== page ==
Different Pumpkin Pie Recipes
Cook’s Illustrated published a second pumpkin pie recipe in 2008, which is a different recipe from this one from 1993. To be honest, the newer version is not as good as this classic recipe for a number of reasons, the most important of which is the inclusion of canned yams, to which I am categorically opposed in a pumpkin pie.
(I am also categorically opposed to canned yams in general but that's a topic for another day.)
shopping/ingredient resources for pumpkin pie
- FLOUR. I use this organic, unbleached all-purpose flour. You can use pastry flour as well, but I have never done this because who the F really has all different kinds of flour in their house. Bread flour is higher in protein, which will bake a less tender crust, but unless you’re a pie snob, it won’t be that noticeable. I recommend avoiding whole grain flours. From Cook's Illustrated: "Flaky pastry can be successfully produced using any all-purpose flour, but a low-protein brand (such as Gold Medal) produces a more tender crust. Doughs made with low-protein flours are also easier to handle, and, perhaps most important, they are less likely to buckle and shrink out of shape during baking."
- WATER vs VODKA PIE CRUST. If you have vodka on hand, use 2 tablespoons of vodka, and the rest as ice cold water. Otherwise, using all water is fine, which is what I do anyway. I don’t waste my vodka outside a cocktail.
- SUGAR. I use white, granulated sugar or light brown sugar. The original Cook's Illustrated recipe calls for dark brown sugar in the pumpkin mixture, which would normally add a subtle depth to the flavor of a recipe. However, dark brown sugar mutes the orange color of a pumpkin pie, especially with the addition of all the spices. Plain granulated sugar keeps the pie a brighter orange color.
- PUMPKIN. I use this organic canned pumpkin available at Whole Foods. You can make your own pumpkin puree, but why.
- GINGER. I very finely grate fresh ginger for this pumpkin pie because fresh ginger is SO GOOD, and I almost always have fresh ginger on hand. Ground ginger, as Ina says, is fine.
- CLOVES. Cloves are very strong, and very distinctive. If you don’t have any on hand for all the other baking you do for the Holidays, you can leave it out. You really don’t need to spend money on cloves if you’re only going to use ¼ teaspoon of it quite honestly.
TOOLS and EQUIPMENT
Click on any of the images below to shop the tools and equipment!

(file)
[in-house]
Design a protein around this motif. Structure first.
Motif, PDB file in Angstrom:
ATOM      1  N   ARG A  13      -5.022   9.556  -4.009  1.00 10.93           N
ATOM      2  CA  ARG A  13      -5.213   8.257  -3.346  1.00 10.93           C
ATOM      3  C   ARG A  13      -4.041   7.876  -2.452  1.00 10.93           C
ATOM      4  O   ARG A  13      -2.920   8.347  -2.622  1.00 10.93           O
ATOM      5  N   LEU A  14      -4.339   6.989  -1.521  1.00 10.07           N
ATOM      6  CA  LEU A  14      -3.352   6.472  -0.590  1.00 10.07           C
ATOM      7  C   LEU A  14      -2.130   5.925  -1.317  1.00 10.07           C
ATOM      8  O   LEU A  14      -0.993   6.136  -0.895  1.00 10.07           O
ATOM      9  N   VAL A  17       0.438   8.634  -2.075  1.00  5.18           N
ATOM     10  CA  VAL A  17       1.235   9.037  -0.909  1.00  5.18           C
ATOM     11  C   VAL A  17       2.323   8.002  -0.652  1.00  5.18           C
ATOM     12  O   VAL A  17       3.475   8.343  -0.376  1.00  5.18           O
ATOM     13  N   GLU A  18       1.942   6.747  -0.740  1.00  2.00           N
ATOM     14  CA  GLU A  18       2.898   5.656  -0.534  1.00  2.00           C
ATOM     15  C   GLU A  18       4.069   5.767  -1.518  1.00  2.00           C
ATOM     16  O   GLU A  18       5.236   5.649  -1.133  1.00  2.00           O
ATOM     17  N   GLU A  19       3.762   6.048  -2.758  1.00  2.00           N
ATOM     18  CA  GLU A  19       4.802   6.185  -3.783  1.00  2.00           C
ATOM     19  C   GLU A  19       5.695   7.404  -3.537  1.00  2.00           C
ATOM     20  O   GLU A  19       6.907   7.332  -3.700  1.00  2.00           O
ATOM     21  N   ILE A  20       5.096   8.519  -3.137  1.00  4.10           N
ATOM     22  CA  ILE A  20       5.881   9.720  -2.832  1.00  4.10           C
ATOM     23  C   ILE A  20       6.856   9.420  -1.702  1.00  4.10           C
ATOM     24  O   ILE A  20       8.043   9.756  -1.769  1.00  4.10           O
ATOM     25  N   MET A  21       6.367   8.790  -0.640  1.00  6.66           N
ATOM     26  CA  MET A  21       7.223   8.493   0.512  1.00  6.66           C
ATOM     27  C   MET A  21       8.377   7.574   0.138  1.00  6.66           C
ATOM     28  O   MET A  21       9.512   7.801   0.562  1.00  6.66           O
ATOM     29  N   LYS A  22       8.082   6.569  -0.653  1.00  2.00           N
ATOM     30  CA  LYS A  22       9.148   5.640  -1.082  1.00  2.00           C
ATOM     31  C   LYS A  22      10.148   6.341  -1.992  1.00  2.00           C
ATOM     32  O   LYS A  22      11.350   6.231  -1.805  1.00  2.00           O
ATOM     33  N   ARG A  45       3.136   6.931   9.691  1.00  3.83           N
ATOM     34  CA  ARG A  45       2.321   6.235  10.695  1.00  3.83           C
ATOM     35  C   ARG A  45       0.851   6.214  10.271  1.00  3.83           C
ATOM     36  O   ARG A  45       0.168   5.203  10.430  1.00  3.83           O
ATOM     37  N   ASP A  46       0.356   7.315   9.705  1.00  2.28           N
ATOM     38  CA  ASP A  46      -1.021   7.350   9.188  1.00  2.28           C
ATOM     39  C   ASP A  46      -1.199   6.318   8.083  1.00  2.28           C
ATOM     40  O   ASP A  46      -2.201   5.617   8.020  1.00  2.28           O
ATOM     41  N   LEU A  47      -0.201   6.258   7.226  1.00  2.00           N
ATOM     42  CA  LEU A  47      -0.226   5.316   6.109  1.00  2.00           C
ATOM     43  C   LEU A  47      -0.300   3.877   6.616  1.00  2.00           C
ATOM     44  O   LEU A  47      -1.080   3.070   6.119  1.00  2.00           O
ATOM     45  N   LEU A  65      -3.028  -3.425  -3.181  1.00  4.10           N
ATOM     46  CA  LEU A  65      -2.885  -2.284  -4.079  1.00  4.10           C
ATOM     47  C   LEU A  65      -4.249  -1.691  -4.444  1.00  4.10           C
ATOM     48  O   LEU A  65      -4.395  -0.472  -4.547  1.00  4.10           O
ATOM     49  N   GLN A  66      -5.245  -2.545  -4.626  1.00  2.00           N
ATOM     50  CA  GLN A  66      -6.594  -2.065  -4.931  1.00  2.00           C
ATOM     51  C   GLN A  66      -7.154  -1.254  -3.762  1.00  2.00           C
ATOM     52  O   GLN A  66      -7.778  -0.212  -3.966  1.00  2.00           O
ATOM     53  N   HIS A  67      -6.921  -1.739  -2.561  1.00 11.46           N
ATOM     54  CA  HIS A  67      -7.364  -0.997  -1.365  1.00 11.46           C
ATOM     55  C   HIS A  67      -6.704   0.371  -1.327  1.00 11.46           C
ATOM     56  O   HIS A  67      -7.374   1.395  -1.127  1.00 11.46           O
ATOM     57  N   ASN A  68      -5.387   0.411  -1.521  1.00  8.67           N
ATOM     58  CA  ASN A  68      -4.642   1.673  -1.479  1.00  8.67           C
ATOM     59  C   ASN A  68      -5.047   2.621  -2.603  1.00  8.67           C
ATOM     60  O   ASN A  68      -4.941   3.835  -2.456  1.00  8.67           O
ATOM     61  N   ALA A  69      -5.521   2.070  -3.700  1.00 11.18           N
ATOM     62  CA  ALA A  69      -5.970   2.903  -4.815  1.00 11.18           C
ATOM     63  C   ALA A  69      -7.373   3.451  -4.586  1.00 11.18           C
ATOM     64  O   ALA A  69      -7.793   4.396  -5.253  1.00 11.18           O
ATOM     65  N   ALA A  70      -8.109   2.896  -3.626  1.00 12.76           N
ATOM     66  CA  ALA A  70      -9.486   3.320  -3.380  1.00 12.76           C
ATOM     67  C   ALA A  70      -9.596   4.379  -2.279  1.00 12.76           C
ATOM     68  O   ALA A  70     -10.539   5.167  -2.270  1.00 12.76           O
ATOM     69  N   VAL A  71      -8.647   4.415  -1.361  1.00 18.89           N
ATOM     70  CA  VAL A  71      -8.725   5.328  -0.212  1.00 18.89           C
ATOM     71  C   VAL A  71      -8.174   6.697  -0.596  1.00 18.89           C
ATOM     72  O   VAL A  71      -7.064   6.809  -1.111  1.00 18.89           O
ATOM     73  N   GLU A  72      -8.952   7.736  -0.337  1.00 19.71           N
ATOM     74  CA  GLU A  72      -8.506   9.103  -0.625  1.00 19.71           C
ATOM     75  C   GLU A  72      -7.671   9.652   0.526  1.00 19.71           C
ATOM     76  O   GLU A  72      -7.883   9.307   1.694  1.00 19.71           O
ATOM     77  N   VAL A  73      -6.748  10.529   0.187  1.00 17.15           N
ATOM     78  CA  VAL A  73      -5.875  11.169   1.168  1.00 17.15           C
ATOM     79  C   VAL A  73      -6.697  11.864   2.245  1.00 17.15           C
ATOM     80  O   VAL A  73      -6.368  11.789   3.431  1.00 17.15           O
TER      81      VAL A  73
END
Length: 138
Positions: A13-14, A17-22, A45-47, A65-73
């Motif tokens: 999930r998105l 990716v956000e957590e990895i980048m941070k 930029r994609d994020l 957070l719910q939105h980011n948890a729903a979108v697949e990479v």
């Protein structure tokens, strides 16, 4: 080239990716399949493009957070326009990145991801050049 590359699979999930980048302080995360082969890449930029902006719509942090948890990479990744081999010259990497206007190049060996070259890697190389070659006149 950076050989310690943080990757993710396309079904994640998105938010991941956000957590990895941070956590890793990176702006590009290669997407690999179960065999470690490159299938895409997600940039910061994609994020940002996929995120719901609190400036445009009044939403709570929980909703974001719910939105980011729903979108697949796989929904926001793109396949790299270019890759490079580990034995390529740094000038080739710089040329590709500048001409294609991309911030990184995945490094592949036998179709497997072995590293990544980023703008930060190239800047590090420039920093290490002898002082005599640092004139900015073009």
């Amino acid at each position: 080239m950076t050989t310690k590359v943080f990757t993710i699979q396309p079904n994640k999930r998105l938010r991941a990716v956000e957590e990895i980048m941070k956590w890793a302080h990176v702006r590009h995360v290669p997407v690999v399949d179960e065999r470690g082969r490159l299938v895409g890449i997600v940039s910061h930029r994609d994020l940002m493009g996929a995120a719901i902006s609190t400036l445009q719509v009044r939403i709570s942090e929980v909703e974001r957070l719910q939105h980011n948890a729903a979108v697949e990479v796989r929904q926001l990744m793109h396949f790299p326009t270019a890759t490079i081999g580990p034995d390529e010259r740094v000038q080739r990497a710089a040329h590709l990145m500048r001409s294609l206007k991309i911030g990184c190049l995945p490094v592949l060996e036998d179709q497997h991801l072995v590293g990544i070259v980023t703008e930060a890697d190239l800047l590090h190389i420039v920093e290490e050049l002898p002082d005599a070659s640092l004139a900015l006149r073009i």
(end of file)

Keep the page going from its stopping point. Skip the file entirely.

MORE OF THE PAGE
- Food Processor. This is the small, efficient workhorse food processor I use. If you do not have a food processor, you can cut the chilled butter into flour with your finger or two knives or a pastry cutter in a bowl. You can put the pumpkin filling through a food mill or a fine sieve.
- Marble Pastry Board. I have a stone cold countertop, so the ONE time a year I work with pastry dough, I do it directly on the (sanitized) countertop. This is a great marble board, and I use it for charcuterie, too.
- Rolling Pin. I do not bake enough to justify owning a rolling pin, so I use a sanitized red wine bottle.
- 4-quart heavy pot. The one I have is by this brand.
- Chef’s Knife. This is my daily knife.
- 9-inch Pie Dish. I have had the same 9-inch pyrex glass pie dish for years. Glass feels the most forgiving when baking (as opposed to metal).
- Pie Server. I don't know who actually has an entire separate utensil to serve pie, but then again, I have an entire set of spoons only for caviar so here we are.
TIPS and TRICKS for Pumpkin Pie
Refrigerating pie dough. You can make the dough for pie crust in advance through Step 2, cover in plastic wrap, and keep in the refrigerator for up to 2 days. When you’re ready to bake the crust, remove the dough from the refrigerator and continue to Step 3 to roll out the dough.
Freezing pie dough. You can make the dough for pie crust in advance through Step 2, cover in plastic wrap, place in a plastic freezer zipper bag, remove all air, and seal, and keep in the freezer for up to 6 months.
Thawing frozen pie dough. Plan one day ahead. When you’re ready to bake, remove the frozen pie dough from the freezer and let it thaw in the refrigerator overnight. Continue to Step 3 to roll out the dough.
Storing leftover Pumpkin Pie. Pumpkin Pie will keep, covered, in the refrigerator for three days. After three days, though it may not technically go bad, the crust will definitely get way too soggy to be a pleasant eating experience. If you are able to seal pumpkin pie in an air-tight bag or container, you can freeze it for up to two months. Pop frozen pumpkin pie into a 350 oven until it’s thawed and almost toasty.
Best Pumpkin Pie Recipe
- food processor
- marble board
- pie dish
Flaky Pie Pastry Shell Ingredients
- 1 ¼ cups all-purpose flour, measured by dip-and-sweep
- ½ teaspoon salt
- ½ teaspoon sugar
- 10 tablespoons 1¼ sticks unsalted butter, chilled and cut into ¼-inch pats
- 3 tablespoons ice water — use up to 2 tablespoons vodka if you like, see notes below